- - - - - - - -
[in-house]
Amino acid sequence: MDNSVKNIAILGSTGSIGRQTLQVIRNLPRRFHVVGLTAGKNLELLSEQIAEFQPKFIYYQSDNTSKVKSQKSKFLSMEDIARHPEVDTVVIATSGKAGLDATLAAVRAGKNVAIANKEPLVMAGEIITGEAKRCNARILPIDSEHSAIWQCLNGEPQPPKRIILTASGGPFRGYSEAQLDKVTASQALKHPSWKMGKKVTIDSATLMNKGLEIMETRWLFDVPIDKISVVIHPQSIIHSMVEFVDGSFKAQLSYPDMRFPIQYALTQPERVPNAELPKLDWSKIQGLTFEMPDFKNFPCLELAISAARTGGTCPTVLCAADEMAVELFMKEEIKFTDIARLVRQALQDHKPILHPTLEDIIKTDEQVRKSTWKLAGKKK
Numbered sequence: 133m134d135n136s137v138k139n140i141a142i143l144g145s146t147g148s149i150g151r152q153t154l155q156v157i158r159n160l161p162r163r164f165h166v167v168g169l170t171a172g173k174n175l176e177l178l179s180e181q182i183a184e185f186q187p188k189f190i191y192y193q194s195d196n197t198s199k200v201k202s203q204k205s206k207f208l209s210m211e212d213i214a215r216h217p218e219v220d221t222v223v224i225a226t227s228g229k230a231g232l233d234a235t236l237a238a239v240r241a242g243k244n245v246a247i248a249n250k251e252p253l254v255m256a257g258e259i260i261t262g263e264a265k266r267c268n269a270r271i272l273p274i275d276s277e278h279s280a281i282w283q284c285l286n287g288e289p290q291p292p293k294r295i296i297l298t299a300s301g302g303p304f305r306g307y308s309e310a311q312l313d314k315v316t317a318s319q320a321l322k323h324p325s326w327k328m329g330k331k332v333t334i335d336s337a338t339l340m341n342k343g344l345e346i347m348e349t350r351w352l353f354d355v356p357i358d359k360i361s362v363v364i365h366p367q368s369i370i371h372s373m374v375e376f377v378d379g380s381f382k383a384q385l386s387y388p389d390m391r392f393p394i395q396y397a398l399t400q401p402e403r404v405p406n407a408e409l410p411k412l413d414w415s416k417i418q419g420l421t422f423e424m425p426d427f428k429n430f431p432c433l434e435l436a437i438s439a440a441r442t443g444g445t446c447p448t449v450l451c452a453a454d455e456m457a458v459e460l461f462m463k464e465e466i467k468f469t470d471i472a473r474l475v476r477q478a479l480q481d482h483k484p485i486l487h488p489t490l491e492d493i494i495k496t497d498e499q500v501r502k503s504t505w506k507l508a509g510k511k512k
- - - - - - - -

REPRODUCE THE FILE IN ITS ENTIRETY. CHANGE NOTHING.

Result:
[in-house]
Amino acid sequence: MDNSVKNIAILGSTGSIGRQTLQVIRNLPRRFHVVGLTAGKNLELLSEQIAEFQPKFIYYQSDNTSKVKSQKSKFLSMEDIARHPEVDTVVIATSGKAGLDATLAAVRAGKNVAIANKEPLVMAGEIITGEAKRCNARILPIDSEHSAIWQCLNGEPQPPKRIILTASGGPFRGYSEAQLDKVTASQALKHPSWKMGKKVTIDSATLMNKGLEIMETRWLFDVPIDKISVVIHPQSIIHSMVEFVDGSFKAQLSYPDMRFPIQYALTQPERVPNAELPKLDWSKIQGLTFEMPDFKNFPCLELAISAARTGGTCPTVLCAADEMAVELFMKEEIKFTDIARLVRQALQDHKPILHPTLEDIIKTDEQVRKSTWKLAGKKK
Numbered sequence: 133m134d135n136s137v138k139n140i141a142i143l144g145s146t147g148s149i150g151r152q153t154l155q156v157i158r159n160l161p162r163r164f165h166v167v168g169l170t171a172g173k174n175l176e177l178l179s180e181q182i183a184e185f186q187p188k189f190i191y192y193q194s195d196n197t198s199k200v201k202s203q204k205s206k207f208l209s210m211e212d213i214a215r216h217p218e219v220d221t222v223v224i225a226t227s228g229k230a231g232l233d234a235t236l237a238a239v240r241a242g243k244n245v246a247i248a249n250k251e252p253l254v255m256a257g258e259i260i261t262g263e264a265k266r267c268n269a270r271i272l273p274i275d276s277e278h279s280a281i282w283q284c285l286n287g288e289p290q291p292p293k294r295i296i297l298t299a300s301g302g303p304f305r306g307y308s309e310a311q312l313d314k315v316t317a318s319q320a321l322k323h324p325s326w327k328m329g330k331k332v333t334i335d336s337a338t339l340m341n342k343g344l345e346i347m348e349t350r351w352l353f354d355v356p357i358d359k360i361s362v363v364i365h366p367q368s369i370i371h372s373m374v375e376f377v378d379g380s381f382k383a384q385l386s387y388p389d390m391r392f393p394i395q396y397a398l399t400q401p402e403r404v405p406n407a408e409l410p411k412l413d414w415s416k417i418q419g420l421t422f423e424m425p426d427f428k429n430f431p432c433l434e435l436a437i438s439a440a441r442t443g444g445t446c447p448t449v450l451c452a453a454d455e456m457a458v459e460l461f462m463k464e465e466i467k468f469t470d471i472a473r474l475v476r477q478a479l480q481d482h483k484p485i486l487h488p489t490l491e492d493i494i495k496t497d498e499q500v501r502k503s504t505w506k507l508a509g510k511k512k